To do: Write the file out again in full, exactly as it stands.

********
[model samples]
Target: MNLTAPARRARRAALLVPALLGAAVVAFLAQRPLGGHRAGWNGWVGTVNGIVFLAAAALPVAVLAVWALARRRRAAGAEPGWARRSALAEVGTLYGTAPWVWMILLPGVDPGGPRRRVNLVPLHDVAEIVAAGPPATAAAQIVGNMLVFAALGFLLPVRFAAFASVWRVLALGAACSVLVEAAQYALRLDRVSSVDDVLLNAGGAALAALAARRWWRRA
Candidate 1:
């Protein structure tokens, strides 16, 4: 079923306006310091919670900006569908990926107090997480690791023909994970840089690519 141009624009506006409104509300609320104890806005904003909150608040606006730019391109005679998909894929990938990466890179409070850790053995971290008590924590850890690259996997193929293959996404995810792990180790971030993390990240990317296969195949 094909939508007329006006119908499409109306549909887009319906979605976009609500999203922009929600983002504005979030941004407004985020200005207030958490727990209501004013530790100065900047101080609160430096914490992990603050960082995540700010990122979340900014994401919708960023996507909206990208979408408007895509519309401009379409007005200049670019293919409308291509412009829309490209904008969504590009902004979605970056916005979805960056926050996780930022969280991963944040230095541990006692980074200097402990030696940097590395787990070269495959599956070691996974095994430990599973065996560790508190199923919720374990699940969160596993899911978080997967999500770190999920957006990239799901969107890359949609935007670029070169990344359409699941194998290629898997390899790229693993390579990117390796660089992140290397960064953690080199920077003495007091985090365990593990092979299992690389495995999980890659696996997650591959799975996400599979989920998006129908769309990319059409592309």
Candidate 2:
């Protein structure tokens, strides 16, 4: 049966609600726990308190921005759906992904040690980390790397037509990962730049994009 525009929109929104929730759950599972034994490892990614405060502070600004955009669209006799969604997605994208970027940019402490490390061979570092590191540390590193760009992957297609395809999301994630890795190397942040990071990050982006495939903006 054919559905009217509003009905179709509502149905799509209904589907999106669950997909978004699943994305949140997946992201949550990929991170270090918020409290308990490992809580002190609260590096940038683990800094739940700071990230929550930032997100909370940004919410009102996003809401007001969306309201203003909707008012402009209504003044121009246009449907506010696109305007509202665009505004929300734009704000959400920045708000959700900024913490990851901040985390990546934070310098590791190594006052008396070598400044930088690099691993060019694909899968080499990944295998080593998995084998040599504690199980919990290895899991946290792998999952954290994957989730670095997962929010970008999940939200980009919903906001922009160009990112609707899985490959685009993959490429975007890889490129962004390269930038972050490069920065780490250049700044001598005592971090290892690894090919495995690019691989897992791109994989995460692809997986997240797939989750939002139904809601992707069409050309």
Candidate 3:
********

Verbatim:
[model samples]
Target: MNLTAPARRARRAALLVPALLGAAVVAFLAQRPLGGHRAGWNGWVGTVNGIVFLAAAALPVAVLAVWALARRRRAAGAEPGWARRSALAEVGTLYGTAPWVWMILLPGVDPGGPRRRVNLVPLHDVAEIVAAGPPATAAAQIVGNMLVFAALGFLLPVRFAAFASVWRVLALGAACSVLVEAAQYALRLDRVSSVDDVLLNAGGAALAALAARRWWRRA
Candidate 1:
């Protein structure tokens, strides 16, 4: 079923306006310091919670900006569908990926107090997480690791023909994970840089690519 141009624009506006409104509300609320104890806005904003909150608040606006730019391109005679998909894929990938990466890179409070850790053995971290008590924590850890690259996997193929293959996404995810792990180790971030993390990240990317296969195949 094909939508007329006006119908499409109306549909887009319906979605976009609500999203922009929600983002504005979030941004407004985020200005207030958490727990209501004013530790100065900047101080609160430096914490992990603050960082995540700010990122979340900014994401919708960023996507909206990208979408408007895509519309401009379409007005200049670019293919409308291509412009829309490209904008969504590009902004979605970056916005979805960056926050996780930022969280991963944040230095541990006692980074200097402990030696940097590395787990070269495959599956070691996974095994430990599973065996560790508190199923919720374990699940969160596993899911978080997967999500770190999920957006990239799901969107890359949609935007670029070169990344359409699941194998290629898997390899790229693993390579990117390796660089992140290397960064953690080199920077003495007091985090365990593990092979299992690389495995999980890659696996997650591959799975996400599979989920998006129908769309990319059409592309």
Candidate 2:
């Protein structure tokens, strides 16, 4: 049966609600726990308190921005759906992904040690980390790397037509990962730049994009 525009929109929104929730759950599972034994490892990614405060502070600004955009669209006799969604997605994208970027940019402490490390061979570092590191540390590193760009992957297609395809999301994630890795190397942040990071990050982006495939903006 054919559905009217509003009905179709509502149905799509209904589907999106669950997909978004699943994305949140997946992201949550990929991170270090918020409290308990490992809580002190609260590096940038683990800094739940700071990230929550930032997100909370940004919410009102996003809401007001969306309201203003909707008012402009209504003044121009246009449907506010696109305007509202665009505004929300734009704000959400920045708000959700900024913490990851901040985390990546934070310098590791190594006052008396070598400044930088690099691993060019694909899968080499990944295998080593998995084998040599504690199980919990290895899991946290792998999952954290994957989730670095997962929010970008999940939200980009919903906001922009160009990112609707899985490959685009993959490429975007890889490129962004390269930038972050490069920065780490250049700044001598005592971090290892690894090919495995690019691989897992791109994989995460692809997986997240797939989750939002139904809601992707069409050309």
Candidate 3: